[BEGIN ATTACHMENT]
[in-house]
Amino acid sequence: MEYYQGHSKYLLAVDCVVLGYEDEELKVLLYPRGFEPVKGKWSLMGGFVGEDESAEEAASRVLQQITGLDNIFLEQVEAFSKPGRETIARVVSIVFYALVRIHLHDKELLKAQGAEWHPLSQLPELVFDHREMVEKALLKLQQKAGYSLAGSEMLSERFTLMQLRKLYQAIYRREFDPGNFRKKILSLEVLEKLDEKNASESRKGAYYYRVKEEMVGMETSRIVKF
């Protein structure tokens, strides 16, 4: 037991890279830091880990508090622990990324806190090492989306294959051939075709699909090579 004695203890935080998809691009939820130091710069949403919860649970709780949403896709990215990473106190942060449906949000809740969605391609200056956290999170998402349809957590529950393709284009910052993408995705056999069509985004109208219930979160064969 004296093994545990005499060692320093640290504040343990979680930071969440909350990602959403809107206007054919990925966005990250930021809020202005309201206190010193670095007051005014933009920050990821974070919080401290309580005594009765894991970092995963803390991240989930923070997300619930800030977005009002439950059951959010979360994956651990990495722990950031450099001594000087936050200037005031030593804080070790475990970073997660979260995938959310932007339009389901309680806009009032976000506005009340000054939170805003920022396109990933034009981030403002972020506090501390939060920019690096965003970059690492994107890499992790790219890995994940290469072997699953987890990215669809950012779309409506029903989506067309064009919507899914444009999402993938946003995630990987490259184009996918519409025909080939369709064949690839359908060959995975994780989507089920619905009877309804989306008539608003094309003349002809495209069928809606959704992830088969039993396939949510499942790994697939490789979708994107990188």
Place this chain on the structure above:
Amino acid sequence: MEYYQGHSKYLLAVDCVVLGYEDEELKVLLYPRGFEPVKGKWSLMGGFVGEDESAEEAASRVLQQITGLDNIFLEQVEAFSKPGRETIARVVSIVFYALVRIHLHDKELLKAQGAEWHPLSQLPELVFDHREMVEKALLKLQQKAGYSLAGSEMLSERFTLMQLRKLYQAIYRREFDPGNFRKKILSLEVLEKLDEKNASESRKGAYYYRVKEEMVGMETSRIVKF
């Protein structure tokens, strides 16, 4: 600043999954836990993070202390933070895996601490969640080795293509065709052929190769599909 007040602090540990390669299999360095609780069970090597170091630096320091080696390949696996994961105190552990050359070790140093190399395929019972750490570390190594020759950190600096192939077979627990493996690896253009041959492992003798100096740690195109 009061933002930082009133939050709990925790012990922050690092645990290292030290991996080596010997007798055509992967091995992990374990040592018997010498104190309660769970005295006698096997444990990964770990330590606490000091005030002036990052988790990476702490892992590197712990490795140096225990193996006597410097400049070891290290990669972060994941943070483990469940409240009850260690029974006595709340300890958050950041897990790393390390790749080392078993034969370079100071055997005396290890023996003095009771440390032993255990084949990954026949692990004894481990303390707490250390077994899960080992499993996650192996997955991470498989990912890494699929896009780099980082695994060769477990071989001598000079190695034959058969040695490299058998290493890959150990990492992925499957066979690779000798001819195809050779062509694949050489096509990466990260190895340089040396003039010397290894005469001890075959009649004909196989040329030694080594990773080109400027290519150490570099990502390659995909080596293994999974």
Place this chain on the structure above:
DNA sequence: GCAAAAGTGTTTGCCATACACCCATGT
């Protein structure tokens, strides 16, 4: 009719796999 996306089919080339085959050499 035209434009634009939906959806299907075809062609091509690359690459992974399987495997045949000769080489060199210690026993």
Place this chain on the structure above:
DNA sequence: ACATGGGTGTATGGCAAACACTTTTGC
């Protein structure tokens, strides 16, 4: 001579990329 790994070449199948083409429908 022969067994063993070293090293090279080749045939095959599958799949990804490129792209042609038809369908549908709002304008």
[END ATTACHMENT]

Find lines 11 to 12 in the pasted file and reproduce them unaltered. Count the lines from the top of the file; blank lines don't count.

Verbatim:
DNA sequence: ACATGGGTGTATGGCAAACACTTTTGC
């Protein structure tokens, strides 16, 4: 001579990329 790994070449199948083409429908 022969067994063993070293090293090279080749045939095959599958799949990804490129792209042609038809369908549908709002304008």